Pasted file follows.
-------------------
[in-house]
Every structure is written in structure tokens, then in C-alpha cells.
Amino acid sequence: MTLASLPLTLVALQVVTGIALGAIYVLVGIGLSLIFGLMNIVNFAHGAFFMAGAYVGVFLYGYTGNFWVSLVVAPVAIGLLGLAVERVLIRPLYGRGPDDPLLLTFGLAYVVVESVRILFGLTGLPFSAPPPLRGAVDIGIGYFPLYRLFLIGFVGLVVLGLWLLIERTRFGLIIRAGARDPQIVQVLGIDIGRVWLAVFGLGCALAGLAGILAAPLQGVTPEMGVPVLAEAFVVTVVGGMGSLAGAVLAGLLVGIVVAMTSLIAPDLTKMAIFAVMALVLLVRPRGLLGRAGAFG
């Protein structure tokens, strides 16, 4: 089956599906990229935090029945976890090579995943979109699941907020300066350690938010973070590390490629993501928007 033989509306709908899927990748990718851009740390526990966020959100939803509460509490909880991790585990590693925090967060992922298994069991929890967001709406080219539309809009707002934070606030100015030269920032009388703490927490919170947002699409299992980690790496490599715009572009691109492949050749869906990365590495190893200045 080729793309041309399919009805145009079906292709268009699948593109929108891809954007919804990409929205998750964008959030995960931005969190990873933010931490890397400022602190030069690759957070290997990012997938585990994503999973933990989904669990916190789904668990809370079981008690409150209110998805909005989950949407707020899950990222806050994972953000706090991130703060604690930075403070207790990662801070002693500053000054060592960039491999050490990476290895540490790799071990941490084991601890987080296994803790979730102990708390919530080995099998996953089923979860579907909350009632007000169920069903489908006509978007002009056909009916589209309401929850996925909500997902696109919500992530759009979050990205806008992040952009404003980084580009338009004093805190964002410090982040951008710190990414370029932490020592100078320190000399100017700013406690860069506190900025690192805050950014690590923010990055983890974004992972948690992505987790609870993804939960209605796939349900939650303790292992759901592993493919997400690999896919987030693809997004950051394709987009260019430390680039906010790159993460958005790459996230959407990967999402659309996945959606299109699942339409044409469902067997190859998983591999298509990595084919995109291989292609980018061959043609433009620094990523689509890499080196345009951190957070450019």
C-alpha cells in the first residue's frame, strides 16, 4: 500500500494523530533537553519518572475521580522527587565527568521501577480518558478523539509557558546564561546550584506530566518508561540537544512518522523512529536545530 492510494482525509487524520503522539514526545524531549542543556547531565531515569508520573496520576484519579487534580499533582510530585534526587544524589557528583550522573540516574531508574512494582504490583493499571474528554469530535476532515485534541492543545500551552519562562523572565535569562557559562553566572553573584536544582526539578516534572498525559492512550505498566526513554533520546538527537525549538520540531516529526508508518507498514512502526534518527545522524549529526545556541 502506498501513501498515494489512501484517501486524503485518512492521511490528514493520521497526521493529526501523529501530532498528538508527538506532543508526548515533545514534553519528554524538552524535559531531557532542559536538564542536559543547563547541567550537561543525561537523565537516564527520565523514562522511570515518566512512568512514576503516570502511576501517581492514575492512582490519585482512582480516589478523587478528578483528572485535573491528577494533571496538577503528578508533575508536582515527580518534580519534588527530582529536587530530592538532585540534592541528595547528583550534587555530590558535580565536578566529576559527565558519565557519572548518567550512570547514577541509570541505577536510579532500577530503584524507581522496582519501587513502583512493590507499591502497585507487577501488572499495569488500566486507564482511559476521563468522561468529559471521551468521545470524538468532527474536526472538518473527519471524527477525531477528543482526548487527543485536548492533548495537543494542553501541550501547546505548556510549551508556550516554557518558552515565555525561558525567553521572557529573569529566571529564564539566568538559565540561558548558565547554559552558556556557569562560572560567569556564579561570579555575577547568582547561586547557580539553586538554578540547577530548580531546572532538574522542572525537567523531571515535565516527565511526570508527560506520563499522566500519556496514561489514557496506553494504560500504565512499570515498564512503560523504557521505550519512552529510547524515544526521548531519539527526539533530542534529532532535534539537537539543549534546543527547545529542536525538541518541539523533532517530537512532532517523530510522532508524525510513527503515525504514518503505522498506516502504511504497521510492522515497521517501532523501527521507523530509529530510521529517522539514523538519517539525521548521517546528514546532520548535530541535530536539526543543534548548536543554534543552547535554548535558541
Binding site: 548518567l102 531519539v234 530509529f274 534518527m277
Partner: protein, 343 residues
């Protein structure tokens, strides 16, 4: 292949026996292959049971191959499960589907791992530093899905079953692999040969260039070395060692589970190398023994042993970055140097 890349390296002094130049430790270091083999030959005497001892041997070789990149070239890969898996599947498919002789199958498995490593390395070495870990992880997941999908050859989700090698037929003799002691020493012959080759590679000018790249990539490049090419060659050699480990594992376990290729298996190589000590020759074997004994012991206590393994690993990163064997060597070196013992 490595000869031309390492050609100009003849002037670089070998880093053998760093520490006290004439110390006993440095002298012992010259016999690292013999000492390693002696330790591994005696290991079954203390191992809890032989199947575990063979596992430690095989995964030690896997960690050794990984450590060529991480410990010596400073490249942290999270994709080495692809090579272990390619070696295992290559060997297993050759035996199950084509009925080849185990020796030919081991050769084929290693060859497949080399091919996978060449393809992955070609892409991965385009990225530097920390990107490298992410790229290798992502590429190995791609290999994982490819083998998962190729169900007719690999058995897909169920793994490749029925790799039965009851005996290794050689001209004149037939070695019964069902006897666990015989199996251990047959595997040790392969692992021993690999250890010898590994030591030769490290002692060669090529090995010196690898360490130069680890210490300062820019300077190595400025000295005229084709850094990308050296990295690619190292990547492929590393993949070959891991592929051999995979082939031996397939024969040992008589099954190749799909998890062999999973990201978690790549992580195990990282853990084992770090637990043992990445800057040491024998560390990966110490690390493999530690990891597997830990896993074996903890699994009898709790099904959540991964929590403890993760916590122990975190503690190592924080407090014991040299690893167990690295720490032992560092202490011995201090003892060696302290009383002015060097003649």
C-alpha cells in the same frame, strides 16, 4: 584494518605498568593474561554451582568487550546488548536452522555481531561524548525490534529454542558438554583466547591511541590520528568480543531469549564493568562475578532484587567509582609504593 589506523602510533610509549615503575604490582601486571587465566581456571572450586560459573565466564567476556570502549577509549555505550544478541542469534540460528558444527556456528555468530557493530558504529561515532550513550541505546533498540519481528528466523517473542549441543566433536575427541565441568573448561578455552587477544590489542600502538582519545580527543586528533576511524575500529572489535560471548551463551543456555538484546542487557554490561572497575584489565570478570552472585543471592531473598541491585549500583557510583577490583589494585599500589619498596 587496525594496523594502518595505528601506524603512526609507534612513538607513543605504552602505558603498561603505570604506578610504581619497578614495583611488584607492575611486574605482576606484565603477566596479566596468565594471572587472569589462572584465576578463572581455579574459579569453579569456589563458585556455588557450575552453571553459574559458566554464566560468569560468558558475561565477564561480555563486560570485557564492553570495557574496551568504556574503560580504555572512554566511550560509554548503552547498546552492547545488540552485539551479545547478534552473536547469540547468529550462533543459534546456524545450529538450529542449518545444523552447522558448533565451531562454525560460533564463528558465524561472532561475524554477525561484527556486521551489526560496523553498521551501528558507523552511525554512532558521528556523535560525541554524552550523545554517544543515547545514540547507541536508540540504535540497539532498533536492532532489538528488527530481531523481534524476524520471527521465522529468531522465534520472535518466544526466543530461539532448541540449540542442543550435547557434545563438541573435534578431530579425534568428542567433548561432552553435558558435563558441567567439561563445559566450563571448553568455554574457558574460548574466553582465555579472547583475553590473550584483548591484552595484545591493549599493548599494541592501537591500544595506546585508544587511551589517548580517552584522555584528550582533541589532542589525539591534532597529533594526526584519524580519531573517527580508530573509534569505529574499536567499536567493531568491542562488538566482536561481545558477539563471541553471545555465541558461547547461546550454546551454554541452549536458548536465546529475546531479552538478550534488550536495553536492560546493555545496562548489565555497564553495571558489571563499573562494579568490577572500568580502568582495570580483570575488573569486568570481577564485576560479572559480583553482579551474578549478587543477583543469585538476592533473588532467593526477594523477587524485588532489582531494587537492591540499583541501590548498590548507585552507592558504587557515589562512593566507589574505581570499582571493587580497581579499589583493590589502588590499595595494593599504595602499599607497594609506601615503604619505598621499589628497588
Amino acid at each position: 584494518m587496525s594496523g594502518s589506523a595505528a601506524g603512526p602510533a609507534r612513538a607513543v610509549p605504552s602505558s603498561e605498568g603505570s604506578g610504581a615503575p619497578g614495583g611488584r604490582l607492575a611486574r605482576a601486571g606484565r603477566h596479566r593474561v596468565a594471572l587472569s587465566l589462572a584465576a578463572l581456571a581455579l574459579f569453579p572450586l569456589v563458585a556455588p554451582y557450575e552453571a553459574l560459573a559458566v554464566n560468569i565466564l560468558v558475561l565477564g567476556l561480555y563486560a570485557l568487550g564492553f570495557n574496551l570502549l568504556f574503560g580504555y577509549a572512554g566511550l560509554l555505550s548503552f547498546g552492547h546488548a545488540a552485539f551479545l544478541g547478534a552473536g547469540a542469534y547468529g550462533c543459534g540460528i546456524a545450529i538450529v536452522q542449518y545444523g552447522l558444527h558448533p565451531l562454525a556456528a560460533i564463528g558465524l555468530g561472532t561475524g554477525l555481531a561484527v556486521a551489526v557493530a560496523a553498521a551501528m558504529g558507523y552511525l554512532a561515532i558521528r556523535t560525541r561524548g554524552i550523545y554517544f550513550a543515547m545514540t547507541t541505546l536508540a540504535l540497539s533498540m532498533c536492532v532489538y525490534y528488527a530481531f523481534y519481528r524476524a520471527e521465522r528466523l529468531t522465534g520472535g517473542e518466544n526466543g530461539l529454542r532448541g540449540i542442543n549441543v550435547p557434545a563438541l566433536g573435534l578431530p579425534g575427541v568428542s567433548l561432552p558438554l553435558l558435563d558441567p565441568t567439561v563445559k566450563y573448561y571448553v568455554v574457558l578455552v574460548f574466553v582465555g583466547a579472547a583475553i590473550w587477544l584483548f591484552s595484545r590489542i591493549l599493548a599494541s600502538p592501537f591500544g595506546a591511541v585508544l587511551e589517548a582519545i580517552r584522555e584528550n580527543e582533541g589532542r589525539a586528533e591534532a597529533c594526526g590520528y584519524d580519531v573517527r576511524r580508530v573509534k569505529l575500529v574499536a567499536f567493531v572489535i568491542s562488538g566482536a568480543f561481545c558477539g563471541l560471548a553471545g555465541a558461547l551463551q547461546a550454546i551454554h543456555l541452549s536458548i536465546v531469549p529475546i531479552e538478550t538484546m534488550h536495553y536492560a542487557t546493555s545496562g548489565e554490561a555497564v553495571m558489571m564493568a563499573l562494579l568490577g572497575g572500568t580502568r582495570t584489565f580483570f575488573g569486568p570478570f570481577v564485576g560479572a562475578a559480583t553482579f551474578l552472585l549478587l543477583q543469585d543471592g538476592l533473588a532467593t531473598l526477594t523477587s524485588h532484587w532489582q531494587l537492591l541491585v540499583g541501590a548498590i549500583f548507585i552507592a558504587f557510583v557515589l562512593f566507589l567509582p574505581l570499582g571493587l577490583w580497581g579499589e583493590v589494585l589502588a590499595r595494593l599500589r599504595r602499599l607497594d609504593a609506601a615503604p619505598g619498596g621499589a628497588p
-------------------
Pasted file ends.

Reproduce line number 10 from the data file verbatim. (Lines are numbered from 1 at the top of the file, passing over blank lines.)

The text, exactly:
Amino acid at each position: 584494518m587496525s594496523g594502518s589506523a595505528a601506524g603512526p602510533a609507534r612513538a607513543v610509549p605504552s602505558s603498561e605498568g603505570s604506578g610504581a615503575p619497578g614495583g611488584r604490582l607492575a611486574r605482576a601486571g606484565r603477566h596479566r593474561v596468565a594471572l587472569s587465566l589462572a584465576a578463572l581456571a581455579l574459579f569453579p572450586l569456589v563458585a556455588p554451582y557450575e552453571a553459574l560459573a559458566v554464566n560468569i565466564l560468558v558475561l565477564g567476556l561480555y563486560a570485557l568487550g564492553f570495557n574496551l570502549l568504556f574503560g580504555y577509549a572512554g566511550l560509554l555505550s548503552f547498546g552492547h546488548a545488540a552485539f551479545l544478541g547478534a552473536g547469540a542469534y547468529g550462533c543459534g540460528i546456524a545450529i538450529v536452522q542449518y545444523g552447522l558444527h558448533p565451531l562454525a556456528a560460533i564463528g558465524l555468530g561472532t561475524g554477525l555481531a561484527v556486521a551489526v557493530a560496523a553498521a551501528m558504529g558507523y552511525l554512532a561515532i558521528r556523535t560525541r561524548g554524552i550523545y554517544f550513550a543515547m545514540t547507541t541505546l536508540a540504535l540497539s533498540m532498533c536492532v532489538y525490534y528488527a530481531f523481534y519481528r524476524a520471527e521465522r528466523l529468531t522465534g520472535g517473542e518466544n526466543g530461539l529454542r532448541g540449540i542442543n549441543v550435547p557434545a563438541l566433536g573435534l578431530p579425534g575427541v568428542s567433548l561432552p558438554l553435558l558435563d558441567p565441568t567439561v563445559k566450563y573448561y571448553v568455554v574457558l578455552v574460548f574466553v582465555g583466547a579472547a583475553i590473550w587477544l584483548f591484552s595484545r590489542i591493549l599493548a599494541s600502538p592501537f591500544g595506546a591511541v585508544l587511551e589517548a582519545i580517552r584522555e584528550n580527543e582533541g589532542r589525539a586528533e591534532a597529533c594526526g590520528y584519524d580519531v573517527r576511524r580508530v573509534k569505529l575500529v574499536a567499536f567493531v572489535i568491542s562488538g566482536a568480543f561481545c558477539g563471541l560471548a553471545g555465541a558461547l551463551q547461546a550454546i551454554h543456555l541452549s536458548i536465546v531469549p529475546i531479552e538478550t538484546m534488550h536495553y536492560a542487557t546493555s545496562g548489565e554490561a555497564v553495571m558489571m564493568a563499573l562494579l568490577g572497575g572500568t580502568r582495570t584489565f580483570f575488573g569486568p570478570f570481577v564485576g560479572a562475578a559480583t553482579f551474578l552472585l549478587l543477583q543469585d543471592g538476592l533473588a532467593t531473598l526477594t523477587s524485588h532484587w532489582q531494587l537492591l541491585v540499583g541501590a548498590i549500583f548507585i552507592a558504587f557510583v557515589l562512593f566507589l567509582p574505581l570499582g571493587l577490583w580497581g579499589e583493590v589494585l589502588a590499595r595494593l599500589r599504595r602499599l607497594d609504593a609506601a615503604p619505598g619498596g621499589a628497588p